| By Waqas Aslam Rana |
Perhaps the International Security Policy (ISP) concentration at SIPA should replace the word ‘International’ with ‘American.’ That’s certainly the message one gets from Krisztian Simon’s article ‘Up With Drones’ published in the last issue of Communiqué. My colleague included quotations from the ISP concentration director Richard Betts and Associate Professor Austin Long. Their comments contain not even a hint of the legal, humanitarian, and policy implications of using drones in the ‘War on Terror’. Essentially what the big wigs of the ISP concentration are saying is this: who cares about bothersome impediments like international law and collateral damage; as long as America can rain death over other sovereign countries with impunity, let’s keep squeezing the trigger.
The big question over the use of drones to target suspected militants in Afghanistan, Pakistan, Yemen and other countries is that of accountability. After U.S. President Barack Obama’s recent admission that that the U.S. is using drones in Pakistan, Amnesty International pointed out the lack of legal cover for such actions. Its Asia-Pacific Director Sam Zarifi said: “The US authorities must give a detailed explanation of how these strikes are lawful and what is being done to monitor civilian casualties and ensure proper accountability.” How can the United States act as judge, jury and executioner all at the same time? Members of the U.S. military establishment point out, always off the record of course, that drone strikes are based on high quality intelligence sources. This answer has two great deficiencies. First, it simply side-steps the glaring fact that U.S. drone strikes violate international law and other countries’ sovereignty. Second, asking the world to have faith in the American intelligence achine is asking too much; it was not too long ago that Colin Powell embarrassed himself at the UN selling the Bush Administration’s Iraq-WMD theory.
Apart from the lack of legal basis for drone strikes, Simon’s article ignores the issue of civilian casualties. In 2010, The New America Foundation in its study ‘The Year of the Drone’ concluded that 32% of those killed out of 1200-plus fatalities from 114 strikes analyzed were in fact civilians. Ascertaining who really gets killed is admittedly difficult; a recent report by the Bureau for Investigative Journalism (BIJ), in conjunction with the Sunday Times of London opined that some of the civilian casualties resulted from follow-up strikes which deliberately targeted those who had gone to help victims of previous strikes or were killed in deliberate strikes on funerals and mourners.
Perhaps the most poignant piece of writing on the issue was a New York Times article by Clive Stafford Smith, an American lawyer and director of Reprieve, an organization that advocates for prisoners’ rights. In it, he recounts how he met 16 year old Tariq Aziz in Pakistan’s capital Islamabad. Tariq, who hailed from the country’s tribal region near the Afghan border, was killed two days later in a U.S. drone strike along with his 12 year old cousin Waheed Khan. His crime: driving a truck to go pick up his aunt from a neighboring village. In Clive Smith’s words: “Tariq’s extended family, so recently hoping to be our allies for peace, has now been ripped apart by an American missile — most likely making any effort we make at reconciliation futile.”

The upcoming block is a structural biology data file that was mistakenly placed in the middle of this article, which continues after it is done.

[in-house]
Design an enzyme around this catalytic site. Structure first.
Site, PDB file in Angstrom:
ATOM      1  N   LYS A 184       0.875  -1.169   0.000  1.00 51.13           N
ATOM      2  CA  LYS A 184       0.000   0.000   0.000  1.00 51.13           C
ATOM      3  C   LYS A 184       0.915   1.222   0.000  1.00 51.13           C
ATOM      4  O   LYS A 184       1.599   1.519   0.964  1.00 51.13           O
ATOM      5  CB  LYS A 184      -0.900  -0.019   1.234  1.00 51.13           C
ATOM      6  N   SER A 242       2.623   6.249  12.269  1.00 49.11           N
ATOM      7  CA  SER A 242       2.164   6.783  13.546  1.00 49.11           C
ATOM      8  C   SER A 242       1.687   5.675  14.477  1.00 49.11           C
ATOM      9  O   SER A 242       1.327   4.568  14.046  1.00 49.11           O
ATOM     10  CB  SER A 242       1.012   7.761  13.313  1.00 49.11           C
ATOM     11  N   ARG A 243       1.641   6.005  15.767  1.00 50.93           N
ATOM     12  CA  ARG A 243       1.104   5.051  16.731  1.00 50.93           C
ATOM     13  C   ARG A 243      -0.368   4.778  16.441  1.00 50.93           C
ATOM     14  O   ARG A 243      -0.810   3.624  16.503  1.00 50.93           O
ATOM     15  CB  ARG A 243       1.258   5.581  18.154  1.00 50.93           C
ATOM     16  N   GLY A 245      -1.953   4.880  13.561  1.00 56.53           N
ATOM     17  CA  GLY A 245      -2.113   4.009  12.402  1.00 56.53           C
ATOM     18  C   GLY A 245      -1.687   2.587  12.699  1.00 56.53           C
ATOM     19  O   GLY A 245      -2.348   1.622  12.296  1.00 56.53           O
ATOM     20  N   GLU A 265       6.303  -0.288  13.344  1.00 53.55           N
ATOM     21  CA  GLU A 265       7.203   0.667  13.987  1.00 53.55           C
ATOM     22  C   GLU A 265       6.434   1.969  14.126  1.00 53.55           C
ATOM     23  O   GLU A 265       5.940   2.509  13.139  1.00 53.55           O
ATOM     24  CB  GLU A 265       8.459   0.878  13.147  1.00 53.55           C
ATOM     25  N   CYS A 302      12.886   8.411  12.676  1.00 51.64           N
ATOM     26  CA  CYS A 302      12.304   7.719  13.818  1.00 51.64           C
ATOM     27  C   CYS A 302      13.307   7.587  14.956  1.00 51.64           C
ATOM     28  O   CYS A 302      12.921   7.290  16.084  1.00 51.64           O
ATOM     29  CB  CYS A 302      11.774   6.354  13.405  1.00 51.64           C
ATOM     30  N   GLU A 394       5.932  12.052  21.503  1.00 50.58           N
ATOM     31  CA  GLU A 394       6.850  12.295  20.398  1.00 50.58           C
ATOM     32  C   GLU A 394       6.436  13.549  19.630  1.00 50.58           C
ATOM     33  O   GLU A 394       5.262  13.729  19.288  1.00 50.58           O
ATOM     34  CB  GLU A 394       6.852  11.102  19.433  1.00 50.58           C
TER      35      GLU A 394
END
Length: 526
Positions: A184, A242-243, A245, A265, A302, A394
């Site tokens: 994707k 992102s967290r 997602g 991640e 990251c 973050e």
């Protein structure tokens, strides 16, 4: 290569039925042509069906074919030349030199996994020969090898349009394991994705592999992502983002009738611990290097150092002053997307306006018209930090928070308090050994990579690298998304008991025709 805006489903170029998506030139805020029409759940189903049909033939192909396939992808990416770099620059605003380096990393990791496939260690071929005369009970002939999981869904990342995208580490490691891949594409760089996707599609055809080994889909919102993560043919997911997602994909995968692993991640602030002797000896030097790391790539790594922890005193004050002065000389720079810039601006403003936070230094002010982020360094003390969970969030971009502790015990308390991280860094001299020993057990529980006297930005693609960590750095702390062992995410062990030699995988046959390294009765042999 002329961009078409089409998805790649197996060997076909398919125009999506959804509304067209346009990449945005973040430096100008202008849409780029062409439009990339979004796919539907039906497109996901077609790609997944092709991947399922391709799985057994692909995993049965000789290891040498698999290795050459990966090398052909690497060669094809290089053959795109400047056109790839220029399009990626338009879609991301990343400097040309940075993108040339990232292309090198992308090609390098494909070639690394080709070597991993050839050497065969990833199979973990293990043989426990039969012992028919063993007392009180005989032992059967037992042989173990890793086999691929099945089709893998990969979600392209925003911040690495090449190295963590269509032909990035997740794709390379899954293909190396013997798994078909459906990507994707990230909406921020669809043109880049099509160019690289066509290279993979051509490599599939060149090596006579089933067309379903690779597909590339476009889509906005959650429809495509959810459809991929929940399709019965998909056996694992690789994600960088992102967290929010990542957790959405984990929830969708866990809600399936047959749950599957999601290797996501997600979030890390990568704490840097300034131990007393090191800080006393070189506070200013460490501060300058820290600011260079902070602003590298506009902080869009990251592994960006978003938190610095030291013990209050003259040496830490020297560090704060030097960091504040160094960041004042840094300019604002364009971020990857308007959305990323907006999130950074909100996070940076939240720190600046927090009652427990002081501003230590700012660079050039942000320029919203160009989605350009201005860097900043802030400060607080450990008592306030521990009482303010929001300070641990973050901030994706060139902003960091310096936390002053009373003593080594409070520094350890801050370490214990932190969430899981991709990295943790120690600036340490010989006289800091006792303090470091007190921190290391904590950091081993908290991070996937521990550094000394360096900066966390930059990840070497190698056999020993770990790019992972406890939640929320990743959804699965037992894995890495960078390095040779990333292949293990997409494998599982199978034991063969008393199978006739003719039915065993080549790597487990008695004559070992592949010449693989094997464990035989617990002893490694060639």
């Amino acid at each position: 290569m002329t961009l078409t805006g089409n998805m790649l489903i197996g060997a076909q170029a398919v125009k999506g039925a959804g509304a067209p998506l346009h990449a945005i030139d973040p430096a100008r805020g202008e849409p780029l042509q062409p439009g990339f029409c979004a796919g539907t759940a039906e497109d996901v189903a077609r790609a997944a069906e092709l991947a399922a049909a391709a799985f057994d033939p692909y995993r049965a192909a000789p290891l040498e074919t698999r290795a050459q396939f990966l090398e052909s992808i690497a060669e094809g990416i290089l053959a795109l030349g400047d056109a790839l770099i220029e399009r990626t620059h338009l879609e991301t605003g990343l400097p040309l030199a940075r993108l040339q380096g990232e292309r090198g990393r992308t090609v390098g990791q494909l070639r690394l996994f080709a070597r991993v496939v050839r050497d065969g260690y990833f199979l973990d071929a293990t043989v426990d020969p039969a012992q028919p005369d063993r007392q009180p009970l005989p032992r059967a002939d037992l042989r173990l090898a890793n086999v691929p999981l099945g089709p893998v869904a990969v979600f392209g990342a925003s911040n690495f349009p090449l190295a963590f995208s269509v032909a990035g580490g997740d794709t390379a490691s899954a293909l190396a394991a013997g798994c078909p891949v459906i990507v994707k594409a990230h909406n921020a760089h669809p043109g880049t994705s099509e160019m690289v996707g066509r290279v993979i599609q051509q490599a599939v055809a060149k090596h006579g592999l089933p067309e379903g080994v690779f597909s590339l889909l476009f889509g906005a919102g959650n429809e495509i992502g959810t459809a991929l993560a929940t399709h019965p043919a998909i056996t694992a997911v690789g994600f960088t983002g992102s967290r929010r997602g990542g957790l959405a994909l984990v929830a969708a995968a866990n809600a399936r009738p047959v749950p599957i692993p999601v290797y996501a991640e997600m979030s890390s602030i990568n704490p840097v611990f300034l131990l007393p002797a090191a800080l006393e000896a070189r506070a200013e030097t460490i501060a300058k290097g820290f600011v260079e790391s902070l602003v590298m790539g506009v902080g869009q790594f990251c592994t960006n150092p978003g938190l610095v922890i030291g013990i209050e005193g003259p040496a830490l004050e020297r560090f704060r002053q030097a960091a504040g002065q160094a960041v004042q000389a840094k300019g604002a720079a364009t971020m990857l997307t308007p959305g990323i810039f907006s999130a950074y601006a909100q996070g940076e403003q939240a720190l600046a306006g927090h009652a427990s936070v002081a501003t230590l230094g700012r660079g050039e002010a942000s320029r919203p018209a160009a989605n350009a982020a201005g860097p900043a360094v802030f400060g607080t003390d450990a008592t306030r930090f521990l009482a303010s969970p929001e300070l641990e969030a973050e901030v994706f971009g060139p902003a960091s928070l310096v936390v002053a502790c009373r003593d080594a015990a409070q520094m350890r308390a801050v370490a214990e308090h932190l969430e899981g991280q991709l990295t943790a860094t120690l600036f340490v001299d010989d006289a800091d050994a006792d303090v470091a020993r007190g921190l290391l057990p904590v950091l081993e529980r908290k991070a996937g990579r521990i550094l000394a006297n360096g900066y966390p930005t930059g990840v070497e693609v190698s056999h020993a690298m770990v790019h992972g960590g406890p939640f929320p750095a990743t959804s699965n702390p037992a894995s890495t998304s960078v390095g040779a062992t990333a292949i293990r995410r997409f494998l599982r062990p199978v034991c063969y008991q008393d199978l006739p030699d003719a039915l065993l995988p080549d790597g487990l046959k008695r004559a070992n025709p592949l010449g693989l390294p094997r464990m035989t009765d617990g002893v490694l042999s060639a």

Smith hits the nail on the head. The discussion about the use of drones is dominated by considerations of tactical utility and completely over-looks the drone program’s failure on the strategic front. Pakistan is the prime example. As drone strikes in the country have increased since Obama took office, deaths from retaliatory suicide attacks and other terrorist acts there have skyrocketed. It is obvious that killing ‘high value targets’ does not accomplish much for reducing terrorism so far as Pakistan is concerned. A similar case can be made about Yemen and Somalia, where drones are being used for similar purposes. Dennis Blair, the American Director of National Intelligence who was later fired by Obama, pointed out that drone strikes end up creating more enemies than they eliminate. Writing in the New York Times last year, he said: “Drone strikes are no longer the most effective strategy for eliminating Al Qaeda’s ability to attack us.… The important question today is whether continued unilateral drone at
tacks will substantially reduce Al Qaeda’s capabilities. They will not.”
Coming back to Simon’s piece, perhaps I should not be surprised that American security experts would mainly talk about their own country’s side of the story. Yet, I cannot help but continue to focus on the ‘I’ in SIPA. After all, if I wanted to read about how things affect only America, I could have just gone to SAIS or Georgetown.
Waqas Aslam Rana is a second-year Master of International Affairs student. This article will appear in the next issue of Communiqué.